This animal has been dubbed “Africa’s coolest bird” due to the way it uses a short-term hibernation, or torpor, to save energy throughout the night.
Instead of simply sleeping, the entire animal’s body becomes hypothermic, greatly conserving energy during its sleeping cycle.
This isn’t the only bird to use daily torpor, and different patterns of its use occur in different bird species from small to large across the world, but there is only one bird known to truly hibernate, in a similar way to mammals. 4
5. The Common Poorwill
The only known hibernating bird is from North America, and this species can remain in a torpid state for several weeks.
These are altogether quite lazy birds already and don’t choose to fly for prolonged periods very often.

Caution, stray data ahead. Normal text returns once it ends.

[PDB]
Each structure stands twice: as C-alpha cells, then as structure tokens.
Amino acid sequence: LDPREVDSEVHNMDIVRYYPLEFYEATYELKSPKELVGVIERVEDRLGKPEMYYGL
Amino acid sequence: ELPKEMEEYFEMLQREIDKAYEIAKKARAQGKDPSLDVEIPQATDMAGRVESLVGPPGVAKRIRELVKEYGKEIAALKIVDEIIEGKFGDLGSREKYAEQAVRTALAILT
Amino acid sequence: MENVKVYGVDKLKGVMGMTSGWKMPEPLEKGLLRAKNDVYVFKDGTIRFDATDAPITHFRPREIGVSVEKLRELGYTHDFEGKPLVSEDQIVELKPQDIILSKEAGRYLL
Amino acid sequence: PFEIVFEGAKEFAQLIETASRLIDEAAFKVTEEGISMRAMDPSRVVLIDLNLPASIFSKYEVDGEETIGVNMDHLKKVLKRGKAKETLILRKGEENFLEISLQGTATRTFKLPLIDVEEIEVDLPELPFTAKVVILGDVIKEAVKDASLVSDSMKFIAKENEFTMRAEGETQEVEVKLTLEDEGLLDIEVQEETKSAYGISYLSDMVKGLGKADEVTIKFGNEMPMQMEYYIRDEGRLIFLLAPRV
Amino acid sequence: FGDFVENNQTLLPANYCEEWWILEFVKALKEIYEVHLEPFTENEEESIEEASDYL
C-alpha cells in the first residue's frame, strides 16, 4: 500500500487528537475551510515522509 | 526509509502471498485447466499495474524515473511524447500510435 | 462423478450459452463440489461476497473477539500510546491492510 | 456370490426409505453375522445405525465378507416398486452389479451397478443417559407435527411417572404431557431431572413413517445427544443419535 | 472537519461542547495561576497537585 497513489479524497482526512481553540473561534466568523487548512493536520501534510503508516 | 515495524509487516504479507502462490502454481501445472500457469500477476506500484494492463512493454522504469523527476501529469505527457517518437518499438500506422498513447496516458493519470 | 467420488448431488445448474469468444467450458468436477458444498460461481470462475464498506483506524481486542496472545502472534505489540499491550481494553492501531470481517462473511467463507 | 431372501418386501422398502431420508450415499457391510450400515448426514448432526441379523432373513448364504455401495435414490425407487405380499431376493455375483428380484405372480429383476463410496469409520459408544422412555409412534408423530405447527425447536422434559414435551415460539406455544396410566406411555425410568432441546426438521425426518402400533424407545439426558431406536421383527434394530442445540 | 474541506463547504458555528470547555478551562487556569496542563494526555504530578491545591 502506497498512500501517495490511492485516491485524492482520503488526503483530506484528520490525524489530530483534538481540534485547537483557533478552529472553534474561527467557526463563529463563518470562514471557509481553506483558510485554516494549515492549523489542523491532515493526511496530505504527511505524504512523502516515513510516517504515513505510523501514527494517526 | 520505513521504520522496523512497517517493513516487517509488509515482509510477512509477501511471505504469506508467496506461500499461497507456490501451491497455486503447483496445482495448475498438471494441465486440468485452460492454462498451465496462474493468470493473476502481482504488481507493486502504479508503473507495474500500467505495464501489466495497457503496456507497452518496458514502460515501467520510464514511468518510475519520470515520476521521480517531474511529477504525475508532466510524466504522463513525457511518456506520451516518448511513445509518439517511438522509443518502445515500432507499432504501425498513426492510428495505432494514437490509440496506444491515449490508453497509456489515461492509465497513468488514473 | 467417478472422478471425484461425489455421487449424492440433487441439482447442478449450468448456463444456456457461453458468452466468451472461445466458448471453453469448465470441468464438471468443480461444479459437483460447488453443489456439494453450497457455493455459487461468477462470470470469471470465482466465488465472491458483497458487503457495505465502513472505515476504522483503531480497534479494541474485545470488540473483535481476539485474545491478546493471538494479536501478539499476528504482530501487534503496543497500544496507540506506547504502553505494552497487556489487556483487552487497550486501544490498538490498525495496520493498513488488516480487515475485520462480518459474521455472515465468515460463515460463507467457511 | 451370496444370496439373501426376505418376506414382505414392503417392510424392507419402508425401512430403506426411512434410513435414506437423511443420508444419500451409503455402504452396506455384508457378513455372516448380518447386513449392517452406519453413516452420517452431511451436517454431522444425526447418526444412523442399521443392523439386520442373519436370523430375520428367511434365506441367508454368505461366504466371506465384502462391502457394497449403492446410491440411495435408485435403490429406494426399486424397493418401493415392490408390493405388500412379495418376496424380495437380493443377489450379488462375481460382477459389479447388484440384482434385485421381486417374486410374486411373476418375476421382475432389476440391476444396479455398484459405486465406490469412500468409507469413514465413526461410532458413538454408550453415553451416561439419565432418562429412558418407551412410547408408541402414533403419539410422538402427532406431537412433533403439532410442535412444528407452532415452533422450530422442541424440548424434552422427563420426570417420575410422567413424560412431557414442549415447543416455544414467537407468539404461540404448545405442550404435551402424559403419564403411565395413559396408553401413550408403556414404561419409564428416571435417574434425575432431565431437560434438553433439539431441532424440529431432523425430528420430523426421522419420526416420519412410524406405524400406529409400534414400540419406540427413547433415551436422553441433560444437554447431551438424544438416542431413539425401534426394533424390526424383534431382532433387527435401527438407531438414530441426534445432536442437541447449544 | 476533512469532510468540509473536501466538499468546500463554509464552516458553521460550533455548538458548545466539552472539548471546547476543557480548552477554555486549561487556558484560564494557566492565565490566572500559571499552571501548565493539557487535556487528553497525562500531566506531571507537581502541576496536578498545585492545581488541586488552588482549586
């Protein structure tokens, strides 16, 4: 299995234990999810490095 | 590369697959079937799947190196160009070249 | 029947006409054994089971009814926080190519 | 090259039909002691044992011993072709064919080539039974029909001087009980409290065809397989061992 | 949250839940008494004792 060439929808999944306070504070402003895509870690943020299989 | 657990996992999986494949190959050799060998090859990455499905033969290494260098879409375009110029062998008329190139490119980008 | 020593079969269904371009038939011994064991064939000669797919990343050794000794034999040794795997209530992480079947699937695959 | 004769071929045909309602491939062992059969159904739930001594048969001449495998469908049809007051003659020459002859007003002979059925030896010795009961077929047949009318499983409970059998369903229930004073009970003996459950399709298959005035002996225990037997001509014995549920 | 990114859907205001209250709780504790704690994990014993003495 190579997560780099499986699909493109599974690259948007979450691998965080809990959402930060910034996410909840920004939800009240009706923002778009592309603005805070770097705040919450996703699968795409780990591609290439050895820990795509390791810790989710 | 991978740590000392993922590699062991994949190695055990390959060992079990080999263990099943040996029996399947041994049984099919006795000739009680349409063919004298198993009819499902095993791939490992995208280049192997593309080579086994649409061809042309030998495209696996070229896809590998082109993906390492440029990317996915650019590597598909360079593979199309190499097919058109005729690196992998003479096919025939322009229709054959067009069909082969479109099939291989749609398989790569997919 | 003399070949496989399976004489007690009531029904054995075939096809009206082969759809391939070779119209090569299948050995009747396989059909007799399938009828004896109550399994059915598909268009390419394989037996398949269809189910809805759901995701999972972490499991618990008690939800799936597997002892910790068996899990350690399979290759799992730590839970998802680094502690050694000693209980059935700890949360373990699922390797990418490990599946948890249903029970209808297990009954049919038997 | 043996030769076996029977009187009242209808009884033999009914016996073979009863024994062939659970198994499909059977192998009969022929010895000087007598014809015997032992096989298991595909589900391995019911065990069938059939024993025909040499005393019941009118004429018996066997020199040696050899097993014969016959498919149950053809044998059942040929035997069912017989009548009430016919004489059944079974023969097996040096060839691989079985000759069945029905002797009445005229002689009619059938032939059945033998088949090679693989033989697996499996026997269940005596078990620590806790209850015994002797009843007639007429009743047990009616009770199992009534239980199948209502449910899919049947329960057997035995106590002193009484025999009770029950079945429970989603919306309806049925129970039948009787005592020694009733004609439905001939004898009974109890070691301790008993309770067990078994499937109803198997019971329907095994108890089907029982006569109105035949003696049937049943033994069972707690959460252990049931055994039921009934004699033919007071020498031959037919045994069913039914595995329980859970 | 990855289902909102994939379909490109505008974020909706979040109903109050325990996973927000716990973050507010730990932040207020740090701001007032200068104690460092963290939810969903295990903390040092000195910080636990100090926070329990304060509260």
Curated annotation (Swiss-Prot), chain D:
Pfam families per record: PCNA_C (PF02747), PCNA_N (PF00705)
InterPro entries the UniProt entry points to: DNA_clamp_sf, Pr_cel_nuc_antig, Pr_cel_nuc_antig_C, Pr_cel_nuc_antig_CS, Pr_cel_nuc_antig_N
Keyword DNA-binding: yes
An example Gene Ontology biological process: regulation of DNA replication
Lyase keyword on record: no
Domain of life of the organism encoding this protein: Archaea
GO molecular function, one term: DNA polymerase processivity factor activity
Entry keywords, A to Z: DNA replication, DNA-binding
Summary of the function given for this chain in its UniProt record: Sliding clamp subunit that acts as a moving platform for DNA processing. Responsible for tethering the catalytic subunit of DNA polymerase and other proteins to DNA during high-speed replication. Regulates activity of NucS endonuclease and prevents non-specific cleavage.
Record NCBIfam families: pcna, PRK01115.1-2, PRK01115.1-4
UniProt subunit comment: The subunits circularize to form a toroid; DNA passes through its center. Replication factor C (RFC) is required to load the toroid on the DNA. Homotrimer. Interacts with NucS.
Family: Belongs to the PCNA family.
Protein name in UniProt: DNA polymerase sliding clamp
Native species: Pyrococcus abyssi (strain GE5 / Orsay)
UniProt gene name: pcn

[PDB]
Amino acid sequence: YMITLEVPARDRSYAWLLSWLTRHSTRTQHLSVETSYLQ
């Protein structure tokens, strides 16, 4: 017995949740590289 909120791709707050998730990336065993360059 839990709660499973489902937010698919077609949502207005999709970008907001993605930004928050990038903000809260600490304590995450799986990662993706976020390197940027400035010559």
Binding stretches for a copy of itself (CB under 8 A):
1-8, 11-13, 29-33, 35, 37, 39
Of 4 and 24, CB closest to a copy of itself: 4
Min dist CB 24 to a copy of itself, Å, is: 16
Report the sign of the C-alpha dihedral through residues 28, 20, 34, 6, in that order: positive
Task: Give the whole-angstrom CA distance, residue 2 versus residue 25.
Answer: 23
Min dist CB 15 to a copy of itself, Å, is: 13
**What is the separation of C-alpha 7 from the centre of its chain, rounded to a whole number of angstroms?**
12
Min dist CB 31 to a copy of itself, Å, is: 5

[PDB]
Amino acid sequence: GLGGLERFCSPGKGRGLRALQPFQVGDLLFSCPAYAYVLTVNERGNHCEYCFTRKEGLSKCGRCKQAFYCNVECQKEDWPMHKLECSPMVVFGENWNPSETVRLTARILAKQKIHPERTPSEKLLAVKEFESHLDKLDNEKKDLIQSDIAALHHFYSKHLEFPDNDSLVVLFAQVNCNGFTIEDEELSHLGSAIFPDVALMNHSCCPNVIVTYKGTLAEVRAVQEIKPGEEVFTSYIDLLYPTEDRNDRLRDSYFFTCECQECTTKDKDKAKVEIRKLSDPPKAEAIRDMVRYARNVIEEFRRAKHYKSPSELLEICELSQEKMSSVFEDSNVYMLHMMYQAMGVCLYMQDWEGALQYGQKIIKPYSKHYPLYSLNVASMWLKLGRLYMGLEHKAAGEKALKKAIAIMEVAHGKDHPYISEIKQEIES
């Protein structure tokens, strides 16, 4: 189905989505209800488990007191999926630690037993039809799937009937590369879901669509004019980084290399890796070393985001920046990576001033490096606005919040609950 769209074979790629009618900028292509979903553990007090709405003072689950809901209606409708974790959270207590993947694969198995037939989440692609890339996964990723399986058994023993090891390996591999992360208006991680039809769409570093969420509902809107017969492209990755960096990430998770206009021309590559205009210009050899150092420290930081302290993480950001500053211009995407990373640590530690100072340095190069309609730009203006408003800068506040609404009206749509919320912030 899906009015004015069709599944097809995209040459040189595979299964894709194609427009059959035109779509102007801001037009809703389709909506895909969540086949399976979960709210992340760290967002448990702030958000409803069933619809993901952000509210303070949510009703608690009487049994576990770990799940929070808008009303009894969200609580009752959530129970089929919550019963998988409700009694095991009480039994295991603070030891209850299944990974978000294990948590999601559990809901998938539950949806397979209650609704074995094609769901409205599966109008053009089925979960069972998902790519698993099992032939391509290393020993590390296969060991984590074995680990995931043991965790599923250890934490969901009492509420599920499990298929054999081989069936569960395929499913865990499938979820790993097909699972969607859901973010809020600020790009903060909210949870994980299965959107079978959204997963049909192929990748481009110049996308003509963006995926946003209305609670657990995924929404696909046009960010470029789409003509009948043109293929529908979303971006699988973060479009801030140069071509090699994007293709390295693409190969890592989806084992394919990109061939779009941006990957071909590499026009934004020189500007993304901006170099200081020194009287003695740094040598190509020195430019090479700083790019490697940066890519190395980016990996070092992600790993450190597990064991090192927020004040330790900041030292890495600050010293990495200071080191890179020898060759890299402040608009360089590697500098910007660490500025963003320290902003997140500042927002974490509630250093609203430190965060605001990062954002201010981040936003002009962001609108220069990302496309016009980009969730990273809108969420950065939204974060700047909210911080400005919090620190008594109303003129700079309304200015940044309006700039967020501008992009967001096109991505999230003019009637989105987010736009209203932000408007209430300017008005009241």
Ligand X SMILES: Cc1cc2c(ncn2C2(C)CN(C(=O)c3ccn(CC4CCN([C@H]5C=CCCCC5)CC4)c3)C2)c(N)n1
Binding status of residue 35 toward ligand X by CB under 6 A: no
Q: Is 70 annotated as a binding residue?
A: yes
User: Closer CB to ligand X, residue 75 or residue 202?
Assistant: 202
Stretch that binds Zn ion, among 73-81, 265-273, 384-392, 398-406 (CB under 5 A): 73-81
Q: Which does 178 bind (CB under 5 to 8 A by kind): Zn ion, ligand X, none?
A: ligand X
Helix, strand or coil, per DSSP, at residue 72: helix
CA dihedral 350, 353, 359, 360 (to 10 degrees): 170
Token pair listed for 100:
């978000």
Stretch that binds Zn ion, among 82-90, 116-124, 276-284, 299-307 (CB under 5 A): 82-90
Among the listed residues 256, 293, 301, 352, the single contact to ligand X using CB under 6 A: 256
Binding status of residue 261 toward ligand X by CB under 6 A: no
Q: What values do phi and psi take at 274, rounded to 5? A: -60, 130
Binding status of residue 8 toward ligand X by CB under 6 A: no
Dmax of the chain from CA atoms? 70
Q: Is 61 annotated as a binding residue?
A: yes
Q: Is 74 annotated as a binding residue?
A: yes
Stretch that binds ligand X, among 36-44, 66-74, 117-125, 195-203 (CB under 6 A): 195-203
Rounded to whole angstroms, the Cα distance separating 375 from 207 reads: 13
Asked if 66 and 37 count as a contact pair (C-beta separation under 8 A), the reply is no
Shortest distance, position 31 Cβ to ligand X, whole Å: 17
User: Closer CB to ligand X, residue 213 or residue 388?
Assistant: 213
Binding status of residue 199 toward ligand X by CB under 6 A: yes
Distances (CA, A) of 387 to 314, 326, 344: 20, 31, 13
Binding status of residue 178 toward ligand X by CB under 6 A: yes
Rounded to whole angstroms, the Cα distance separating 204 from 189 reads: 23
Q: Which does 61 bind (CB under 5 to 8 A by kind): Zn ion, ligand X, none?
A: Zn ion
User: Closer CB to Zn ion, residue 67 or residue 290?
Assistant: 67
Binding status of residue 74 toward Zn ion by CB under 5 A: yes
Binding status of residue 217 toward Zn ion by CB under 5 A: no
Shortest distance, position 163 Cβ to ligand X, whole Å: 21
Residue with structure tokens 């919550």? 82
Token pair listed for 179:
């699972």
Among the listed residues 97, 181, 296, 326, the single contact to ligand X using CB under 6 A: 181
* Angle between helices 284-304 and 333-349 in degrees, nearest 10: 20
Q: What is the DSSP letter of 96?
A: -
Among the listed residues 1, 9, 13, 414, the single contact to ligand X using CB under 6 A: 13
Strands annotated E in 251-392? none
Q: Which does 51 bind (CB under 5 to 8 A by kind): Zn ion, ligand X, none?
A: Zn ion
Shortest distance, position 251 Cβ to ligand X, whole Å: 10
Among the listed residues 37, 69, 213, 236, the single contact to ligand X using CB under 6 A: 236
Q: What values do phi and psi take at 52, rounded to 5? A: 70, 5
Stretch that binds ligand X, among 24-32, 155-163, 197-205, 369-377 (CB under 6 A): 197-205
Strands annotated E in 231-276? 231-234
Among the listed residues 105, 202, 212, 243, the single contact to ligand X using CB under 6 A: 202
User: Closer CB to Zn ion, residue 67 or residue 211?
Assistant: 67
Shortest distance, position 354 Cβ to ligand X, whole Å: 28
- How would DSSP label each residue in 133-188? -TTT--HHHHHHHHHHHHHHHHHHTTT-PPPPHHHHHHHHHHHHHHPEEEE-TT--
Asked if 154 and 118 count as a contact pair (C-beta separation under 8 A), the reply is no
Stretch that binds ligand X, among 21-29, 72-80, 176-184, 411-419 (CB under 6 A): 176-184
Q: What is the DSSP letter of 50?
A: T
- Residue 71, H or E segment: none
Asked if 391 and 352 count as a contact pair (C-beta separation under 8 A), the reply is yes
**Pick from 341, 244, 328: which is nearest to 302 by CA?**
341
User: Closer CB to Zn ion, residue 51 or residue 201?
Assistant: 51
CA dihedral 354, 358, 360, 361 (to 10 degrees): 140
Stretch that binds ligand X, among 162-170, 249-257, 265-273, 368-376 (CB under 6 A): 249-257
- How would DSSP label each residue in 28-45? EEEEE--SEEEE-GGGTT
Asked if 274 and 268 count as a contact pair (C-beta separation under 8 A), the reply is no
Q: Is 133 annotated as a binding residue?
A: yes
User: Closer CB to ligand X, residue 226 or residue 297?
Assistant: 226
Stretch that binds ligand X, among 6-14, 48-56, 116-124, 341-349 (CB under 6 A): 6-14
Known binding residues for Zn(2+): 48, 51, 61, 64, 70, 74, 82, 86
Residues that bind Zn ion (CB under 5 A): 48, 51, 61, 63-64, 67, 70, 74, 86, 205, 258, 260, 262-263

They’re more comfortable foraging on the ground, but when the weather is too cold and insects are scarce, they’ll just hibernate until it’s over.
While this has only recently been discovered by scientists, the local name for the bird suggests that native peoples were well aware of its habits, as they named it “The sleeping one”. 5
Amphibians are some of the most overlooked vertebrates in the kingdom, likely because people don’t like slimy things, but this is a shame because they have so much going for them.
Frogs are often indicator species for the health of their ecosystems, as their sensitivity to pollutants makes them the first to be affected by toxins entering their habitat.
They’re also found all over the world, from deserts to Arctic tundra, and have many unique adaptations, including hibernation.
Like snakes, some frogs will seek out a hibernaculum, inside which they can reduce their body temperature safely and ride out the cold weather. Some frogs like the American bullfrog even hibernate underwater, able to reduce their metabolic needs to the point of supplying sufficient oxygen from the water through their skin!